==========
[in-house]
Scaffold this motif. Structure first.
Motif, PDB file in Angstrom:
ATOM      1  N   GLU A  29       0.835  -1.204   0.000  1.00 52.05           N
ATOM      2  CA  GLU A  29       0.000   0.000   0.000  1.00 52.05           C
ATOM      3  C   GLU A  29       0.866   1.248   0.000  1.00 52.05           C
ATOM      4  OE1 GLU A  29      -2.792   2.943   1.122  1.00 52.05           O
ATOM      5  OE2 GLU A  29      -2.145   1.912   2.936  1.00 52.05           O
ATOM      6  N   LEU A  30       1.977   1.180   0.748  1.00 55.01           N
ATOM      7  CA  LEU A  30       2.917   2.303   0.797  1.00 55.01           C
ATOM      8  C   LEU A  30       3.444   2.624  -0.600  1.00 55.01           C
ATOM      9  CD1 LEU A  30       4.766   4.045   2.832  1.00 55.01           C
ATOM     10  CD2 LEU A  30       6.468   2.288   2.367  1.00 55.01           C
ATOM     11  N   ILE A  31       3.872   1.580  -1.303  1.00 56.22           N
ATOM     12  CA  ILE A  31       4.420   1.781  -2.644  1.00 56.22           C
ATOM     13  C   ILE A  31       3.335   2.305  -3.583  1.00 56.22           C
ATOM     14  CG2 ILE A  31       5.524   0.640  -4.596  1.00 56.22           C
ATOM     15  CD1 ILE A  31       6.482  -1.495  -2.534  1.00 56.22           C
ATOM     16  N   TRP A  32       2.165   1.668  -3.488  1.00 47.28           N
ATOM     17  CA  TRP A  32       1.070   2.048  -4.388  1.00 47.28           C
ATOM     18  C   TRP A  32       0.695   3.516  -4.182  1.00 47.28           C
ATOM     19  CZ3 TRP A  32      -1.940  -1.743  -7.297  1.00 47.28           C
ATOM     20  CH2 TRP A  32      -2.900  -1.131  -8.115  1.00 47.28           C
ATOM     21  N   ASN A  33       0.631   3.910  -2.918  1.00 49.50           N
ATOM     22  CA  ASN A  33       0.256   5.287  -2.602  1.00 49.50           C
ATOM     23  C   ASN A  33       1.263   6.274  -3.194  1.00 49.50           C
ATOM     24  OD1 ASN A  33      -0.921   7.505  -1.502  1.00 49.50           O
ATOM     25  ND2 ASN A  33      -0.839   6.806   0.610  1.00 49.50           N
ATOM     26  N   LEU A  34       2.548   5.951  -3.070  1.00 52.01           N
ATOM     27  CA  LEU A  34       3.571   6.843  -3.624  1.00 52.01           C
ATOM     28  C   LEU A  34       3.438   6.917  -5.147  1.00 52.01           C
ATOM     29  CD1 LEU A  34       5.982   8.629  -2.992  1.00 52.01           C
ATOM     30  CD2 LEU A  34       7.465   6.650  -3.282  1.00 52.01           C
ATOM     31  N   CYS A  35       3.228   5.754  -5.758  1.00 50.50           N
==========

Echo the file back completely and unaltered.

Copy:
[in-house]
Scaffold this motif. Structure first.
Motif, PDB file in Angstrom:
ATOM      1  N   GLU A  29       0.835  -1.204   0.000  1.00 52.05           N
ATOM      2  CA  GLU A  29       0.000   0.000   0.000  1.00 52.05           C
ATOM      3  C   GLU A  29       0.866   1.248   0.000  1.00 52.05           C
ATOM      4  OE1 GLU A  29      -2.792   2.943   1.122  1.00 52.05           O
ATOM      5  OE2 GLU A  29      -2.145   1.912   2.936  1.00 52.05           O
ATOM      6  N   LEU A  30       1.977   1.180   0.748  1.00 55.01           N
ATOM      7  CA  LEU A  30       2.917   2.303   0.797  1.00 55.01           C
ATOM      8  C   LEU A  30       3.444   2.624  -0.600  1.00 55.01           C
ATOM      9  CD1 LEU A  30       4.766   4.045   2.832  1.00 55.01           C
ATOM     10  CD2 LEU A  30       6.468   2.288   2.367  1.00 55.01           C
ATOM     11  N   ILE A  31       3.872   1.580  -1.303  1.00 56.22           N
ATOM     12  CA  ILE A  31       4.420   1.781  -2.644  1.00 56.22           C
ATOM     13  C   ILE A  31       3.335   2.305  -3.583  1.00 56.22           C
ATOM     14  CG2 ILE A  31       5.524   0.640  -4.596  1.00 56.22           C
ATOM     15  CD1 ILE A  31       6.482  -1.495  -2.534  1.00 56.22           C
ATOM     16  N   TRP A  32       2.165   1.668  -3.488  1.00 47.28           N
ATOM     17  CA  TRP A  32       1.070   2.048  -4.388  1.00 47.28           C
ATOM     18  C   TRP A  32       0.695   3.516  -4.182  1.00 47.28           C
ATOM     19  CZ3 TRP A  32      -1.940  -1.743  -7.297  1.00 47.28           C
ATOM     20  CH2 TRP A  32      -2.900  -1.131  -8.115  1.00 47.28           C
ATOM     21  N   ASN A  33       0.631   3.910  -2.918  1.00 49.50           N
ATOM     22  CA  ASN A  33       0.256   5.287  -2.602  1.00 49.50           C
ATOM     23  C   ASN A  33       1.263   6.274  -3.194  1.00 49.50           C
ATOM     24  OD1 ASN A  33      -0.921   7.505  -1.502  1.00 49.50           O
ATOM     25  ND2 ASN A  33      -0.839   6.806   0.610  1.00 49.50           N
ATOM     26  N   LEU A  34       2.548   5.951  -3.070  1.00 52.01           N
ATOM     27  CA  LEU A  34       3.571   6.843  -3.624  1.00 52.01           C
ATOM     28  C   LEU A  34       3.438   6.917  -5.147  1.00 52.01           C
ATOM     29  CD1 LEU A  34       5.982   8.629  -2.992  1.00 52.01           C
ATOM     30  CD2 LEU A  34       7.465   6.650  -3.282  1.00 52.01           C
ATOM     31  N   CYS A  35       3.228   5.754  -5.758  1.00 50.50           N